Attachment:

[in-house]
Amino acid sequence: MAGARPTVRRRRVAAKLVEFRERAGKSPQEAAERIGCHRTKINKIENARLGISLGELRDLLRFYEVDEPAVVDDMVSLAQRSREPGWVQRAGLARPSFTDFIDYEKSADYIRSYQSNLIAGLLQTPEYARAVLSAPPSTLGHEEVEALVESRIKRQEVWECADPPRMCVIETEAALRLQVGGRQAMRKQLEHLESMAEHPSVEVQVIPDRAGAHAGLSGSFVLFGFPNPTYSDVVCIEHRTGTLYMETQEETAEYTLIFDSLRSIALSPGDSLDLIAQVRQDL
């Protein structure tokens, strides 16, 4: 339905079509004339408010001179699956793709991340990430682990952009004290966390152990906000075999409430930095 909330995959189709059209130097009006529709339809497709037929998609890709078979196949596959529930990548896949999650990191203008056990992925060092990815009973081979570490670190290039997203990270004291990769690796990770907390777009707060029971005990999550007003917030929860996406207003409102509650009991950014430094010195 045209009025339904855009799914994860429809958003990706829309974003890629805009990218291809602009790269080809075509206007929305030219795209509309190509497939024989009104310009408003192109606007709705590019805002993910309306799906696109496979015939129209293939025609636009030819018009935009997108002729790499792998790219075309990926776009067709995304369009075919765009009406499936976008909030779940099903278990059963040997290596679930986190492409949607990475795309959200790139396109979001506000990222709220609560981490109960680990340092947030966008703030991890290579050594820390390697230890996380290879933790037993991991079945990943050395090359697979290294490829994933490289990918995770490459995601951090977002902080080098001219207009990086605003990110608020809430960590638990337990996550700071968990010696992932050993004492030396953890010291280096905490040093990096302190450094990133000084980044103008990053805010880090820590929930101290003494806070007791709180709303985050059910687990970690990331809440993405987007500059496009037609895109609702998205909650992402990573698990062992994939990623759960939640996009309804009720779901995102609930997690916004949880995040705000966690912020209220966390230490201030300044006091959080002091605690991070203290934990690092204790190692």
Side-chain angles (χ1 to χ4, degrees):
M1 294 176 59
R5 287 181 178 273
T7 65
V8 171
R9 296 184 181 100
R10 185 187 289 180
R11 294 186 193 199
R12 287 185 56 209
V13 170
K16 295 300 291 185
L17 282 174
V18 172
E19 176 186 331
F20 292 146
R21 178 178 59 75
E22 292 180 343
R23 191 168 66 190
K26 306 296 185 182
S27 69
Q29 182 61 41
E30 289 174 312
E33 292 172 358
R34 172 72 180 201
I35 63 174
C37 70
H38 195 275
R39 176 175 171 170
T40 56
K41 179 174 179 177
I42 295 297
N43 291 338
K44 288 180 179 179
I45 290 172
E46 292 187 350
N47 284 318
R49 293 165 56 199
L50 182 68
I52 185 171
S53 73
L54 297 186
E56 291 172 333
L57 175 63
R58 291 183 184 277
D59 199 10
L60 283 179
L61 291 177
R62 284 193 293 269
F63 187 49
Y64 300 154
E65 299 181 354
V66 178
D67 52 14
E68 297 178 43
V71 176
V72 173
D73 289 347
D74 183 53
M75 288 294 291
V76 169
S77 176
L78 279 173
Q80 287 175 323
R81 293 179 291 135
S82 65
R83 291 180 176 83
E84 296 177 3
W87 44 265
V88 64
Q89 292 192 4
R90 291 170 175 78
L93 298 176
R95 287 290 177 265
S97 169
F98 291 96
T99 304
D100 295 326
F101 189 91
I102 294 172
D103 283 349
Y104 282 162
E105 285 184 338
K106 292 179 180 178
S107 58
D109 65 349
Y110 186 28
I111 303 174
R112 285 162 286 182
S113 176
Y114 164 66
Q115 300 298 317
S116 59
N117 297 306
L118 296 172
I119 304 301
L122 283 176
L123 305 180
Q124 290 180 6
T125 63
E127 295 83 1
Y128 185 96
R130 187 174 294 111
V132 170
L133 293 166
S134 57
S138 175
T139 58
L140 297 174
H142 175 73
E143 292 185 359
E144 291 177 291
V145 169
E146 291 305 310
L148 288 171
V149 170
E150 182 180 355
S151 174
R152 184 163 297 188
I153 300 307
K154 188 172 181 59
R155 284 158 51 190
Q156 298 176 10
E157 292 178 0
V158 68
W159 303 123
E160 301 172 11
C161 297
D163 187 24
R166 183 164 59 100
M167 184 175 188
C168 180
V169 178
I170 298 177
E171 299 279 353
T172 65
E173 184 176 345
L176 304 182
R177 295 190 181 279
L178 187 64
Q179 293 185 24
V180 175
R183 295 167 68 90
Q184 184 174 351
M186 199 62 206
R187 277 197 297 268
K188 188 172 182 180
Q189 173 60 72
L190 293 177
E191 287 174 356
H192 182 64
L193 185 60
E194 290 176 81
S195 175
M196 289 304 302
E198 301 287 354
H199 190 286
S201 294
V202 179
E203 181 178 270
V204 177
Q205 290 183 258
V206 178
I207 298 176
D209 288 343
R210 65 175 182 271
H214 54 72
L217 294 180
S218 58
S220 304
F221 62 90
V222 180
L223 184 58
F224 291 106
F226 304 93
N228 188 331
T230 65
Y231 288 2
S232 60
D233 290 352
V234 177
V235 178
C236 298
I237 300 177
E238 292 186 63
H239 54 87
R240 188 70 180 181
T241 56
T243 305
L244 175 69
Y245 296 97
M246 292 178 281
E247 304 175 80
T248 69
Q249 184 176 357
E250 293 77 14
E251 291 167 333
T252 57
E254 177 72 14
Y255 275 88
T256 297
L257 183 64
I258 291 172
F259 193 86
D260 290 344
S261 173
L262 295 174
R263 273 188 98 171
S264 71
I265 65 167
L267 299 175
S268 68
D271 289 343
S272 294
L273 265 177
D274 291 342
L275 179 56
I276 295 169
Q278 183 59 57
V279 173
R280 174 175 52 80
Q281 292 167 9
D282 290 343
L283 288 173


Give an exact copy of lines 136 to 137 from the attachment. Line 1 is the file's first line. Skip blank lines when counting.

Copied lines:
I170 298 177
E171 299 279 353